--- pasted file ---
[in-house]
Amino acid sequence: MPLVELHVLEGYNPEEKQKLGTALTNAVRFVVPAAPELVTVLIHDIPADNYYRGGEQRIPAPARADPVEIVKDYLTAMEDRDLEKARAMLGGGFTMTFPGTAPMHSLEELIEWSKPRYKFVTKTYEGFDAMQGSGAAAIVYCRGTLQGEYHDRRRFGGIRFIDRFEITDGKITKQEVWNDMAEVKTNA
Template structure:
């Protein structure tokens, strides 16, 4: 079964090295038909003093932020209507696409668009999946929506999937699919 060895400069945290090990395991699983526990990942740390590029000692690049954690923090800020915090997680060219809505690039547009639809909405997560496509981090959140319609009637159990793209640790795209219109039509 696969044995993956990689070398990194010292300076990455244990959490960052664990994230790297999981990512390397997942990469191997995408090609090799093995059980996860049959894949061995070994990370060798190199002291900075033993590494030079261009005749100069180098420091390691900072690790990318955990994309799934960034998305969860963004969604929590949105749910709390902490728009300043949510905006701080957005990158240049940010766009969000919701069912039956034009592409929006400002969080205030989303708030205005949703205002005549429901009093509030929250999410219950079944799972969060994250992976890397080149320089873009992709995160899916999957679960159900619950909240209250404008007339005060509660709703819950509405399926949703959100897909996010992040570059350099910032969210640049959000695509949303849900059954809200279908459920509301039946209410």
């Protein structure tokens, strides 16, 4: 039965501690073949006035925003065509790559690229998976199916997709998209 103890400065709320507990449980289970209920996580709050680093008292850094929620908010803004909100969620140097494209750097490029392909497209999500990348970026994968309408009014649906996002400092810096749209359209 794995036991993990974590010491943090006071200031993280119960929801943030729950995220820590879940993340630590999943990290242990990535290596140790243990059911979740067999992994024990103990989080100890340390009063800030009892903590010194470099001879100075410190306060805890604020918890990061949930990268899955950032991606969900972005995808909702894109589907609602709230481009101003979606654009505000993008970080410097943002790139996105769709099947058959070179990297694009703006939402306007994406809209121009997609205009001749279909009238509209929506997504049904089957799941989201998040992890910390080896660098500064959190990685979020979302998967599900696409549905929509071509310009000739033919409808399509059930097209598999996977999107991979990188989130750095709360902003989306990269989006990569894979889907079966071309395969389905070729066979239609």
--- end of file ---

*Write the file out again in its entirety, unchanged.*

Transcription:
[in-house]
Amino acid sequence: MPLVELHVLEGYNPEEKQKLGTALTNAVRFVVPAAPELVTVLIHDIPADNYYRGGEQRIPAPARADPVEIVKDYLTAMEDRDLEKARAMLGGGFTMTFPGTAPMHSLEELIEWSKPRYKFVTKTYEGFDAMQGSGAAAIVYCRGTLQGEYHDRRRFGGIRFIDRFEITDGKITKQEVWNDMAEVKTNA
Template structure:
């Protein structure tokens, strides 16, 4: 079964090295038909003093932020209507696409668009999946929506999937699919 060895400069945290090990395991699983526990990942740390590029000692690049954690923090800020915090997680060219809505690039547009639809909405997560496509981090959140319609009637159990793209640790795209219109039509 696969044995993956990689070398990194010292300076990455244990959490960052664990994230790297999981990512390397997942990469191997995408090609090799093995059980996860049959894949061995070994990370060798190199002291900075033993590494030079261009005749100069180098420091390691900072690790990318955990994309799934960034998305969860963004969604929590949105749910709390902490728009300043949510905006701080957005990158240049940010766009969000919701069912039956034009592409929006400002969080205030989303708030205005949703205002005549429901009093509030929250999410219950079944799972969060994250992976890397080149320089873009992709995160899916999957679960159900619950909240209250404008007339005060509660709703819950509405399926949703959100897909996010992040570059350099910032969210640049959000695509949303849900059954809200279908459920509301039946209410």
């Protein structure tokens, strides 16, 4: 039965501690073949006035925003065509790559690229998976199916997709998209 103890400065709320507990449980289970209920996580709050680093008292850094929620908010803004909100969620140097494209750097490029392909497209999500990348970026994968309408009014649906996002400092810096749209359209 794995036991993990974590010491943090006071200031993280119960929801943030729950995220820590879940993340630590999943990290242990990535290596140790243990059911979740067999992994024990103990989080100890340390009063800030009892903590010194470099001879100075410190306060805890604020918890990061949930990268899955950032991606969900972005995808909702894109589907609602709230481009101003979606654009505000993008970080410097943002790139996105769709099947058959070179990297694009703006939402306007994406809209121009997609205009001749279909009238509209929506997504049904089957799941989201998040992890910390080896660098500064959190990685979020979302998967599900696409549905929509071509310009000739033919409808399509059930097209598999996977999107991979990188989130750095709360902003989306990269989006990569894979889907079966071309395969389905070729066979239609």